FROM OTHER WORLDS is a sci-fi comedy about a depressed Brooklyn housewife who sleepwalks through her life until she encounters an alien force in her backyard. With the help of a fellow ... See full summary »
Isaach De Bankolé
A trifecta on the subject of love. Set primarily on the bank of a secluded mountain lake, the story begins when two office workers from the city are the first to arrive on a company fishing... See full summary »
Three very different Los Angeles teenage girls find themselves pregnant and dealing with poverty, drugs and confusion. Shanika (Tamara LaSeon Bass) has a drug addict for a mother and is ... See full summary »
Tamara LaSeon Bass,
Two buddies and championship rodeo partners travel to New York to find their missing friend, Nacho Salazar, after he disappears after travelling to New York City to pick up his daughter, ... See full summary »
A Seattle history professor, drawn back to his estranged family on the Oregon coast to execute his late mother's estate, is reaquainted with his best friend from childhood, with whom he has... See full summary »
Johnny Twennies, a newspaper columnist in present-day New York, is a jauntily cheerful, very friendly, totally honest and upstanding young man who happens to be completely oblivious to any technological or social changes in the past 70 years. He routinely uses telegrams, a manual typewriter, and a manual toaster, and to the pleasure and despair of his girlfriend conducts his personal life in correspondingly anachronistic style. One day he's threatened by criminals who want to plant a false news story. But they've never met anyone like him before... Written by
Johnny promises his editor that he will scoop the Journal American. Johnny's character is set in the 1920s, but the New York Journal American, a Hearst newspaper, did not exist until 1937, after the merger of two Hearst newspapers, the New York Journal, and the New York American. See more »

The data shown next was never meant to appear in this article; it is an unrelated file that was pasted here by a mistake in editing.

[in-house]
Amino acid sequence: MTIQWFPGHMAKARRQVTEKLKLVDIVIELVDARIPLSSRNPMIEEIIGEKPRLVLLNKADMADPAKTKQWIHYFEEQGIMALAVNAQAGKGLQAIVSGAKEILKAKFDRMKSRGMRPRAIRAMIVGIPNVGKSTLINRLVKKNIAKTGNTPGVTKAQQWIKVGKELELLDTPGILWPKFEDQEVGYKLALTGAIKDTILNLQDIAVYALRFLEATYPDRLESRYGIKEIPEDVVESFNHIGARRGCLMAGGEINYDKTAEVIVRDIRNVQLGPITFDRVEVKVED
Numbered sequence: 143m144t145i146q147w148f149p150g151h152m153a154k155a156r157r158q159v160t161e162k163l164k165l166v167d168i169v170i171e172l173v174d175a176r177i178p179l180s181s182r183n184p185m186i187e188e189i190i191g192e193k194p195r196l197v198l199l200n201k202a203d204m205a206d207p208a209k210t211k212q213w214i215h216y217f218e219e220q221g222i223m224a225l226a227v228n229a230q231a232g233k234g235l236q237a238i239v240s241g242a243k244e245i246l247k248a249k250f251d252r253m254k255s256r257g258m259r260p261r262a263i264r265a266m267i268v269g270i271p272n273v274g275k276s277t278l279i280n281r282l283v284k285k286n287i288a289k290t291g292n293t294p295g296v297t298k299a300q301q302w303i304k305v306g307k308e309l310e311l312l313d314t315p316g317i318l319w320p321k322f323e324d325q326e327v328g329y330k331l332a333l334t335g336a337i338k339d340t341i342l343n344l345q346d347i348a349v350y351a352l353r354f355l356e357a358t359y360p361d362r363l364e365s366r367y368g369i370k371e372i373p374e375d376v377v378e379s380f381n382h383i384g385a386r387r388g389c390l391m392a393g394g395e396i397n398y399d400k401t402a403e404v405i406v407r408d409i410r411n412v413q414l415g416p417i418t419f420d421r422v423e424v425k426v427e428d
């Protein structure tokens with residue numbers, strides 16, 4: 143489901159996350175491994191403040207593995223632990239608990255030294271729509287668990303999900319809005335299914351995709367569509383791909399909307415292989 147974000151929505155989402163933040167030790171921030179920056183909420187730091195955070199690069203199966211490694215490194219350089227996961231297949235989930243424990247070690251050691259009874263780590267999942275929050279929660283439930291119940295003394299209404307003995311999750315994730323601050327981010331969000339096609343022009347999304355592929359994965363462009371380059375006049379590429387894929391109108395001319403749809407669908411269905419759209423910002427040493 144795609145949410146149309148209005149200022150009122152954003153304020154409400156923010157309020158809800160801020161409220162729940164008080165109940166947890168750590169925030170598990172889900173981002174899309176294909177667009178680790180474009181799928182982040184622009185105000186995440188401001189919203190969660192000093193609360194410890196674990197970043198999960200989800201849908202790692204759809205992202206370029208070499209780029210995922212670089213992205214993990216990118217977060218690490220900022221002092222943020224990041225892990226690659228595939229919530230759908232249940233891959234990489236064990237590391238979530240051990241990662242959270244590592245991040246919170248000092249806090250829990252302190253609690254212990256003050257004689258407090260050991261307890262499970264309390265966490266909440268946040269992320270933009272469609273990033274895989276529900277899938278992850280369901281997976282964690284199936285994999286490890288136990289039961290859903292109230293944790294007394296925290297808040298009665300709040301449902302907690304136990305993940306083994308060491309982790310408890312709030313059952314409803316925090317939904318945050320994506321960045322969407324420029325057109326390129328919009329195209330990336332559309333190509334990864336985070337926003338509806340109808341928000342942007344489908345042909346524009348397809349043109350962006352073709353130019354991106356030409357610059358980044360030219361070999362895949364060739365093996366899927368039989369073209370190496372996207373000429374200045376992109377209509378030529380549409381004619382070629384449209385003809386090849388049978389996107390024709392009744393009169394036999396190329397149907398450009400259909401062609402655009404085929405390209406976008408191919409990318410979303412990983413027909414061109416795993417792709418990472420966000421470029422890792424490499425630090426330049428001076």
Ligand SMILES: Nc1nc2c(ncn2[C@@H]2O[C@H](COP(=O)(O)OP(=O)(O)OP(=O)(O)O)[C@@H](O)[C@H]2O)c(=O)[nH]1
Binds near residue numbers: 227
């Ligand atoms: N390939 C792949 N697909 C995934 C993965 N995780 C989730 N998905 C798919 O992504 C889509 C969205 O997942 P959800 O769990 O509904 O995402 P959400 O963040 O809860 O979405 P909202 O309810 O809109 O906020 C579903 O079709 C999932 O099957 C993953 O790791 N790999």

This strange, independent film is inhabited by a bunch of no-name actors except for Frank Gorshin, who himself hadn't done much since TV shows in the 1960s. However, the acting was fine: no complaints there. The black-and-white cinematography also is good, actually VERY good. The photography, and the 1920s expressions (the era here with this story) on Gibson Frazier's face, are the best things about this film.
The worst things is almost-nothing story and too much profanity in the last 20 minutes by the hoods. The latter is overdone and left this reviewer with a bad taste in his mouth about the film in general although the very ending features a "cute" musical tune. Actually, the music is good in here all the way through. As you can gather, this is an odd film.....but definitely work a look if you are seeking something a bit different.
11 of 17 people found this review helpful.
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